Hey Tracey - I have been enjoying checking in here for some time - thanks for all the interesting stuff you've posted. I'm glad you were moved to action by MP's book. Local food is part of what we all should be looking at- and if enough of us (and the ARE enough of us) do, then we will define what's reality, and it'd be about time.
Great that you got your slab roller -
have fun with it.

Veronica Funk said...

I've just recently (and thankfully) stumbled upon your blog and just wanted to say YOU GO GIRL! There is nothing wrong with wanting to do the right thing and reap the benefits of that with great health. I live in Canda just west of the Rocky Mountains and growing is a challenge but we do hit the weekly farmers' market and my husband has taken to planting vegetables in our yard like our neighbors plant marigolds...and I love it. (Your work is absolutely beautiful, too.)

Trish said...

Tracey...
Thank you!!!

and I know you will love you new slab roller. that is the one that I have...good fun!
T.

湘嬌湘嬌 said...

光這幾句話就價值連城了,讀著讀著小弟的眼眶就濕了... .................................................................

Linda Starr said...

a slab roller, that will be fun.

Schnee said...

Hi Tracey,

The only caveat to buying local is if the particular fruit or vegetable would require lots of fertilizer to be grown in that location where it could be grown further away with a lot less fertilizer. I read a science story on carbon footprints the other day and it talked about a grocery food chain in the UK (Tesco) that is working toward labeling all its food with its carbon footprint info. Part of calculating that footprint would not only include how far the food traveled and by what mode of transportation, but also how much fertilizer and/or pesticide were used in growing, giving shoppers a more whole picture on how much energy was used to grow/make that item. The article is "Big Foot" by Michael Spector originally published in the New Yorker. I read it in an anthology called The Best American Science and Nature Writing 2009 Edition....which I highly recommend for the breadth of science articles, with several about climate change.

It gave an example where shipping over water was used. Shipping uses a sixtieth of the amount of the amount of carbon of air travel and doesn't require building highways. It was more "green" for New Yorkers to buy wine from Bordeux, France (shipped by sea) than from California (shipped by truck). There were also an example of apples coming from New Zealand, where little fertilizer is needed and yields are high and combining that with sea travel, had lower carbon footprints than some apples grown in the US or UK.

So I do hope that other stores take on what Tesco is attempting and calculate carbon footprints for food and make that info available to consumers.

I'm all about buying local and supporting local farmers...because I do do that. (And even growing my own veggies.) But this article just reminded me of the other factors we need to be aware of when choosing our foods. As always, life choices aren't always simple...darn it! :)

Tracey Broome said...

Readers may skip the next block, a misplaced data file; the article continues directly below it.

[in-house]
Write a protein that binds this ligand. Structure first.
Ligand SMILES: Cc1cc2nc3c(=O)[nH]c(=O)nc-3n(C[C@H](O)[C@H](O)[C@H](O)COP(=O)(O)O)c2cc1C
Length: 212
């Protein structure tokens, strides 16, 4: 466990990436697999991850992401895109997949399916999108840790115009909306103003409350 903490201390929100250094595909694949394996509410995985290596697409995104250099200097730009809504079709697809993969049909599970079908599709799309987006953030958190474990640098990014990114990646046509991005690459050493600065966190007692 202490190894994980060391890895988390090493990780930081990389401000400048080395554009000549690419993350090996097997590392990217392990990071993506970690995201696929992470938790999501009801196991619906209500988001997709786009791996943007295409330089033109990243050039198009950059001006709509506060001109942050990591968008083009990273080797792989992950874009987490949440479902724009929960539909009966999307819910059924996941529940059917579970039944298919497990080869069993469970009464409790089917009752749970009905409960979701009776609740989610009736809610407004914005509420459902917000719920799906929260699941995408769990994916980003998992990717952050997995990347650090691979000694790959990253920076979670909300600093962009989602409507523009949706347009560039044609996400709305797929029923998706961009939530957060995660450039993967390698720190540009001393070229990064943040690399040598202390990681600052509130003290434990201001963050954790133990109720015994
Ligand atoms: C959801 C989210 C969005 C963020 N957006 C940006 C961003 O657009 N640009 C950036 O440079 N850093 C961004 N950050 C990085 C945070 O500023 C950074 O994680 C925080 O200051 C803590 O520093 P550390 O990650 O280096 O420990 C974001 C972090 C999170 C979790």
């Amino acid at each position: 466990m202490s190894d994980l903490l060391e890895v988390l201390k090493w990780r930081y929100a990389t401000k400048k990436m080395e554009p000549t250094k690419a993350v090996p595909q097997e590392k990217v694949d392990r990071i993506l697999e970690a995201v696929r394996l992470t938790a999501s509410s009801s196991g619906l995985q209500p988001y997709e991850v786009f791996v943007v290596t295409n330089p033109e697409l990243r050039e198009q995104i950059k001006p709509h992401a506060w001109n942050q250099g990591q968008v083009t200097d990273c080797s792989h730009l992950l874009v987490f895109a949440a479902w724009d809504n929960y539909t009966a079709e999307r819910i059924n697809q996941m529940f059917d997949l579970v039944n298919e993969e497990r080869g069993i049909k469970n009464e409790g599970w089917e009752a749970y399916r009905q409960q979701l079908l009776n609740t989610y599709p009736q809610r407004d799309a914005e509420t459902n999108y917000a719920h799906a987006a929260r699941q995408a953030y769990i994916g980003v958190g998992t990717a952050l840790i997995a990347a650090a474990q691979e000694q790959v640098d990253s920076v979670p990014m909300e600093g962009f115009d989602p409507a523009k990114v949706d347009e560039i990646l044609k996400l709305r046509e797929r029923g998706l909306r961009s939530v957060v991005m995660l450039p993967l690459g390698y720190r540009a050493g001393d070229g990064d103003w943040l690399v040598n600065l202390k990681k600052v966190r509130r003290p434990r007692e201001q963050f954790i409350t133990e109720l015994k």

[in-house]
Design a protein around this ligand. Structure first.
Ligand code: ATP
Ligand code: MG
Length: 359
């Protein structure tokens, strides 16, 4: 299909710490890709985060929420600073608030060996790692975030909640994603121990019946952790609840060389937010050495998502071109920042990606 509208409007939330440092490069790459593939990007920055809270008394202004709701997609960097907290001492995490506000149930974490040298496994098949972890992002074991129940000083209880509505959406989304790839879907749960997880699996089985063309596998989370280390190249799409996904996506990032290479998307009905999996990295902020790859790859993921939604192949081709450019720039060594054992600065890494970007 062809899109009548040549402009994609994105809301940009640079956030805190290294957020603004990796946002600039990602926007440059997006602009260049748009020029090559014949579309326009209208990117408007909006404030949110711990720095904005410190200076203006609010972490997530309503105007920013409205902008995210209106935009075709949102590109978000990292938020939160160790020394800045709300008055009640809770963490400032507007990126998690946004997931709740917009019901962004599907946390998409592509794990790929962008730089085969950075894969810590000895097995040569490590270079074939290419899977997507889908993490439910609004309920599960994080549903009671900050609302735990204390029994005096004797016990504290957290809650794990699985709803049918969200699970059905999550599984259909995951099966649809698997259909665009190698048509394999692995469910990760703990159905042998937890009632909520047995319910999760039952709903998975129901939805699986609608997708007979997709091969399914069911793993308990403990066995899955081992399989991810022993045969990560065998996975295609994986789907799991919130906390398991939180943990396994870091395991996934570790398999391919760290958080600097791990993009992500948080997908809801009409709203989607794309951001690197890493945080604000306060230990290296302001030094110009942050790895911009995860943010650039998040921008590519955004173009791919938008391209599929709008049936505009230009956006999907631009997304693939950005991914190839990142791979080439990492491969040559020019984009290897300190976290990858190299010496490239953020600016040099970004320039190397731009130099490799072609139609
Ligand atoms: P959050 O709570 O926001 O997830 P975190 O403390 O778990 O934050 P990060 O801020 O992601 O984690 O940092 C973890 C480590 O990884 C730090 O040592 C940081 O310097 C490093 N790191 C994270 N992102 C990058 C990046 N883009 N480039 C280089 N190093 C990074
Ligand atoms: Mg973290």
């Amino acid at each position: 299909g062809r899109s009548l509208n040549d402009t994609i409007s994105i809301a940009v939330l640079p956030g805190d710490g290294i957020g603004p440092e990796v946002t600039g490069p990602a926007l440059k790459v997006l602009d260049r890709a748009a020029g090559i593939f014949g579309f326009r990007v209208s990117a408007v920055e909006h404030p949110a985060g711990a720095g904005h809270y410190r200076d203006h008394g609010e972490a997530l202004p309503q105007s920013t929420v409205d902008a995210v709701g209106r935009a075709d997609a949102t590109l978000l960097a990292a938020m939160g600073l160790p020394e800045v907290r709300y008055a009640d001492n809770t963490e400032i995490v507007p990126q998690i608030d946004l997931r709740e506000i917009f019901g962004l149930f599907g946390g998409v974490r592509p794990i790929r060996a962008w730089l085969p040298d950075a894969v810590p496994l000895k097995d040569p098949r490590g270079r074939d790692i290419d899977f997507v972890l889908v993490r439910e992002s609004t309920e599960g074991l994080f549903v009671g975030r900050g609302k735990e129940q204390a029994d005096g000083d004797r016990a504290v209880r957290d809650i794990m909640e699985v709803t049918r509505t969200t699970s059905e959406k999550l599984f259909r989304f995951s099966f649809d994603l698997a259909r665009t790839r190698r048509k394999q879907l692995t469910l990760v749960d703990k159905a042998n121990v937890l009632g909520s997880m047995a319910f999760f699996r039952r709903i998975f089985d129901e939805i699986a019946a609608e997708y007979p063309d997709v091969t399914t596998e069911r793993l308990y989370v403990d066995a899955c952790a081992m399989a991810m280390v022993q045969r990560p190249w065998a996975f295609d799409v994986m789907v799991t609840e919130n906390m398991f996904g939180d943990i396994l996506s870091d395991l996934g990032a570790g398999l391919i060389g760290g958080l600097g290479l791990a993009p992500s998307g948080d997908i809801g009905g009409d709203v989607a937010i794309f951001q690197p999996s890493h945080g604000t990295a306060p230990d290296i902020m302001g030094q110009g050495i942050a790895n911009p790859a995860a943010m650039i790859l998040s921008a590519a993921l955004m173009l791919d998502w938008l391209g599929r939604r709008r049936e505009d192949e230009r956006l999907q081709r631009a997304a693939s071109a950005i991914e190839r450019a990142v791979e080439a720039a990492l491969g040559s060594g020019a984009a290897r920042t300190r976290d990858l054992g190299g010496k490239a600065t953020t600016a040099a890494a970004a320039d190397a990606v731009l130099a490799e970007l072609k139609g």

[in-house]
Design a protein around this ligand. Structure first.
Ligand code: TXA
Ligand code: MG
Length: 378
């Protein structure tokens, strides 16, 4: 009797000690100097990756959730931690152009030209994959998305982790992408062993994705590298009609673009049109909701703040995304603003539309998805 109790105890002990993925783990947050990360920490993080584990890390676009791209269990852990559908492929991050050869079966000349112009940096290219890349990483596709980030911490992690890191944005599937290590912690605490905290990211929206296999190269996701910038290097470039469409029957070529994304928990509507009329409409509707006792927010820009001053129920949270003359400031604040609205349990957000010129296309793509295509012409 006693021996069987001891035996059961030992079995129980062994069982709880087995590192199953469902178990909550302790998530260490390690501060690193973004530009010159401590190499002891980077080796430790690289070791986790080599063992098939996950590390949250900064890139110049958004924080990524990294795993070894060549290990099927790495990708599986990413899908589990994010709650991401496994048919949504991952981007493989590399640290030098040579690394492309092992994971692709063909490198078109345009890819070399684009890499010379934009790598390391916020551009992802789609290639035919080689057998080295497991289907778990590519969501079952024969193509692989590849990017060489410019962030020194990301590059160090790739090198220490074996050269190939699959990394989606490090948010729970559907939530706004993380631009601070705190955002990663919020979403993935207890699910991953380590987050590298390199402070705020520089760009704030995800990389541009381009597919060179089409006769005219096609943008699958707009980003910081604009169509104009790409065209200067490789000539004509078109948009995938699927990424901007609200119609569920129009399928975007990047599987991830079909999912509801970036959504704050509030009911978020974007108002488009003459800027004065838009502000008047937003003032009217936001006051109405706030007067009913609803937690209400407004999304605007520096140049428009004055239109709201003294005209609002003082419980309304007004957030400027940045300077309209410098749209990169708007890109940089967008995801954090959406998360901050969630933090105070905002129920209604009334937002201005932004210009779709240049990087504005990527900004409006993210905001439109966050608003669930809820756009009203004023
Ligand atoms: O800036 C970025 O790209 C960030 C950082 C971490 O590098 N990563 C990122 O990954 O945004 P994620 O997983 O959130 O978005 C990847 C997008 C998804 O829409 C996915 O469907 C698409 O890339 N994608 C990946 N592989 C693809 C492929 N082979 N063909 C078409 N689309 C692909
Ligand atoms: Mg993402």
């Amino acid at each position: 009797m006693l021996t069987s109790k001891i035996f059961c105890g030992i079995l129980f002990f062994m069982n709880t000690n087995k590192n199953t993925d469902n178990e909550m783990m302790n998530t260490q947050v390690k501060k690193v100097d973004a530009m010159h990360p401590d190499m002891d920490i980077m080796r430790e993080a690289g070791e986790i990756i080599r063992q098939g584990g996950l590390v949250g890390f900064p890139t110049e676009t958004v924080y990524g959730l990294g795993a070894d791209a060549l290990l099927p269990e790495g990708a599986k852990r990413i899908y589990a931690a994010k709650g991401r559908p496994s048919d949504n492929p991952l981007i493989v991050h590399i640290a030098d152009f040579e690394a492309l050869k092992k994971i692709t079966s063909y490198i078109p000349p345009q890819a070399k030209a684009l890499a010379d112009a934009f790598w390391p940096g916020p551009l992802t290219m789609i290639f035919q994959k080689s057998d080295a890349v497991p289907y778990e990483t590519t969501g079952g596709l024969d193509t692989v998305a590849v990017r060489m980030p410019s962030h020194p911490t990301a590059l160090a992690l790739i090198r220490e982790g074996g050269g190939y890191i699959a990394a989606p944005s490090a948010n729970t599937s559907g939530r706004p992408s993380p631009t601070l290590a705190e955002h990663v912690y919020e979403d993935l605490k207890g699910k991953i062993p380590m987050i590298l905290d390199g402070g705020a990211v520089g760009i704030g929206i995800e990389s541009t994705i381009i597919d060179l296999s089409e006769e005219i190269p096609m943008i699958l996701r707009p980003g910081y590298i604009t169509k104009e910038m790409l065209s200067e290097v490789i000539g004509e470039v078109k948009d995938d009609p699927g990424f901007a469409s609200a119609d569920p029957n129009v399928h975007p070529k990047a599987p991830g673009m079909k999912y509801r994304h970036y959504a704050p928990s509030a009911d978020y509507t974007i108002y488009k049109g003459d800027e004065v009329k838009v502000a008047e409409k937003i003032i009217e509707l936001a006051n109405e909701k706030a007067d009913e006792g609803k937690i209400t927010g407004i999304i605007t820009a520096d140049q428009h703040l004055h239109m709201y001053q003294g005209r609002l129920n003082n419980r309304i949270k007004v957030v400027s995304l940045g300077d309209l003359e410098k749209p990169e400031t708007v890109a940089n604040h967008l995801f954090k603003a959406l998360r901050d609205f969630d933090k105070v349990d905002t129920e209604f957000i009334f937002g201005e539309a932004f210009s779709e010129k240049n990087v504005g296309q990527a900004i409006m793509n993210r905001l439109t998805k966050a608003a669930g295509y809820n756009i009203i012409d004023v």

Hey new blog friends! Good to hear from you, I always love it when new people comment. Hey to my old friends too! The carbon footprint thoughts are interesting, there is so much we need to do to take care of things, recycling, buying local, carbon footprint, walk instead of ride..... it's exhausting to just think of it all, I know I don't do all I should but I try, we do recycle, and I am trying to be more attuned to cause and effect of my actions. Can't be lazy these days can you!? I'm no Mother Earth but I do love living here and would rather not have to go live on the Moon or something :)

jimgottuso said...

well hello tracey... i miss a day on your blog and miss the fireworks. well, i'm with you on this one. sofia's been a vegetarian since birth and we've read "fast food nation" and seen "food, inc." but the book that blew us away the most was "the china study" by t. colin campbell... probably not as fun to read as b. kingsolver but totally rocked our world. i like the stats about saving oil by eating locally and although i don't have the exact #'s handy, if people didn't eat meat once a week, the savings on oil is even greater and we'd get the additional benefit of reduced methane in the atmosphere. bovine's contribution to the warming of the planet is enormous. all this said, what astro seems to be oblivious to is that these models that he apparently thinks are ridiculous will be thrust upon us in the future regardless of our opinions about them because the current model is not sustainable. i don't know how old he is but maybe he's old enough that he won't witness it and maybe i won't either (although i might) but i have a 5 year old and i'm not all warm and fuzzy about her prospects in regard to food, environment, etc. and subsequent generations may be able to curse their predecessors but unfortunately they won't be able to dig them up, bring them back to life and then punish them for their shortsightedness and arrogance. change now or change later. now it will be very difficult, later it will be disastrous. the corporatocracy is definitely one of the top problems we face.

Tracey Broome said...

Amen Jim! I for one have hope for the future, my daughter and her high school friends are brilliant and concerned and then comes your kid, I'm hoping that's light at the end of the tunnel I see!!!